Romanova believes that with his statement Gabriel seeks to demonstrate the EU's possible flexibility in relations with Moscow. However, any serious changes are unlikely to be expected in the near future, the expert noted.
"This is a kind of a signal in the context of the Norman Quartet, showing that, in principle, some kind of flexibility is possible. However, I would say, this is a negotiating signal, rather than a promise of any significant and rapid changes in this direction," Romanova said in an interview with Sputnik.
According to the expert, a rapid abolition of all sanctions against Russia is not in sight. The EU will need time to work out all the details.
"In general, such a position is reasonable: it makes sense to do it gradually — not lift all sanctions at once, but act in accordance with concrete actions: the withdrawal of the sanctions in exchange for the implementation of some measures," Romanova said.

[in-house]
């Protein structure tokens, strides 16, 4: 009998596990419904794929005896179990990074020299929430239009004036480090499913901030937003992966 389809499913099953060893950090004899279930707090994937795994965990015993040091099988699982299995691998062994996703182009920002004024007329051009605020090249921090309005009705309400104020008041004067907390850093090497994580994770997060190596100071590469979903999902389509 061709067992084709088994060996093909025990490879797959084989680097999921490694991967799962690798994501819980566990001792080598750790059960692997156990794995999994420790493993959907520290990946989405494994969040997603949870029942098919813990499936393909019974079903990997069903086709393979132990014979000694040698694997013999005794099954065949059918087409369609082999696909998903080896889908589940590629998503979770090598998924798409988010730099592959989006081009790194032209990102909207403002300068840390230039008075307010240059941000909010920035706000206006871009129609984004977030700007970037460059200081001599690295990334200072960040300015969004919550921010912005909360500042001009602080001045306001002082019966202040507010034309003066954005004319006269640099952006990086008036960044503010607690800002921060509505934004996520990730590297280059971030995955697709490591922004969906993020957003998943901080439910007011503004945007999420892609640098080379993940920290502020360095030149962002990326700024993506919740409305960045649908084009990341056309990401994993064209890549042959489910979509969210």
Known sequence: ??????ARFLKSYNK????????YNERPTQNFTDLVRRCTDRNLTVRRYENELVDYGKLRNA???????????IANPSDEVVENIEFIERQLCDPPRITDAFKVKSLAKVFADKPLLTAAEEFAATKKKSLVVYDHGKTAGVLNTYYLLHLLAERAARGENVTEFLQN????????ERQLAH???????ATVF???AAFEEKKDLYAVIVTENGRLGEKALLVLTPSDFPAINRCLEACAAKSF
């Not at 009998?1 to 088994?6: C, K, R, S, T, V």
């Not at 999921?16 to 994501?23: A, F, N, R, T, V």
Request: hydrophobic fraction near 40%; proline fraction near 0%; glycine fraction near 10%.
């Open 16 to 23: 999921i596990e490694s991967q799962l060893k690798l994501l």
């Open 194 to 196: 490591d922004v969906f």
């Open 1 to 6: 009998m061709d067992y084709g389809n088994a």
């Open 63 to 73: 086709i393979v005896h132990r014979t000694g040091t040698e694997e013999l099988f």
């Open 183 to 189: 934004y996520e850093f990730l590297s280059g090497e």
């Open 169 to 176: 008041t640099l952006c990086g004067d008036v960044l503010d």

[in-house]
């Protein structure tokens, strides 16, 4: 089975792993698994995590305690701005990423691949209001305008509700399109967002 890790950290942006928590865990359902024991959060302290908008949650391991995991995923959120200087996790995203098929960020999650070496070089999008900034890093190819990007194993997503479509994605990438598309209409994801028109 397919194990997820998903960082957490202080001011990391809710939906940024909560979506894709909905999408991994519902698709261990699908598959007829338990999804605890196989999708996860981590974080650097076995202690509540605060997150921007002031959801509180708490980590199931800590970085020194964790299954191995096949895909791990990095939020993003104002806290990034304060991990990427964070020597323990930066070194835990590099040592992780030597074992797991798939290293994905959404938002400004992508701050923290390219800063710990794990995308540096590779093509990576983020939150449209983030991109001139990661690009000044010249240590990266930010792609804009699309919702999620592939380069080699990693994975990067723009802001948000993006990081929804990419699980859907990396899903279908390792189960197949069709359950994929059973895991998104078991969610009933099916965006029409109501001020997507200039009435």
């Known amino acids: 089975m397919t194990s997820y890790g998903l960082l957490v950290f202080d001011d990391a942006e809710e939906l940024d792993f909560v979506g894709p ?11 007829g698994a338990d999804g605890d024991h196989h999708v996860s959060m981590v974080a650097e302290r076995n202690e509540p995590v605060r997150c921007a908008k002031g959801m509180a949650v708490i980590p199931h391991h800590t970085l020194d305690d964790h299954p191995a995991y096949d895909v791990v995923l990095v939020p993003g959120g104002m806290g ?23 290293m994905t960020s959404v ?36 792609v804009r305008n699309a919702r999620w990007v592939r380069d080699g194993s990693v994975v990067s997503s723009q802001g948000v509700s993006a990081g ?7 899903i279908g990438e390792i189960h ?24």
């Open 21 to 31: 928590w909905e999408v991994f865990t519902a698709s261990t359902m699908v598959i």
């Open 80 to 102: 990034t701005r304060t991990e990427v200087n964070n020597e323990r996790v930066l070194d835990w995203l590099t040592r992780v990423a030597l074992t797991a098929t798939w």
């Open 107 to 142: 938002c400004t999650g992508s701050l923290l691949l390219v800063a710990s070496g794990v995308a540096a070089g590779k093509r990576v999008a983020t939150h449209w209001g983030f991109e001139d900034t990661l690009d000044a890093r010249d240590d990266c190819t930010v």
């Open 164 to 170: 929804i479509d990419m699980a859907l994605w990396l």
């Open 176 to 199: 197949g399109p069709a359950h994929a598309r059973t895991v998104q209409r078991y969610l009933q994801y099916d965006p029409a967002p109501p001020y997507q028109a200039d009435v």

Commenting on the US's possible influence regarding anti-Russia sanctions, Romanova stressed that there are many disagreements between Brussels and Washington. According to her, the EU could act independently if it would be willing to do so.
"In my opinion, if the European Union wants to do something, it is capable of doing it," Romanova concluded.
On June 14, the Senate, the upper chamber of the US Congress, voted to approve the expansion of the sanctions against Moscow to the energy sector. The new US sanctions, seen as targeting the Russian Nord Stream 2 gas pipeline to Europe, were criticized by both Germany and Austria, which have described the restrictions as a threat to EU energy security.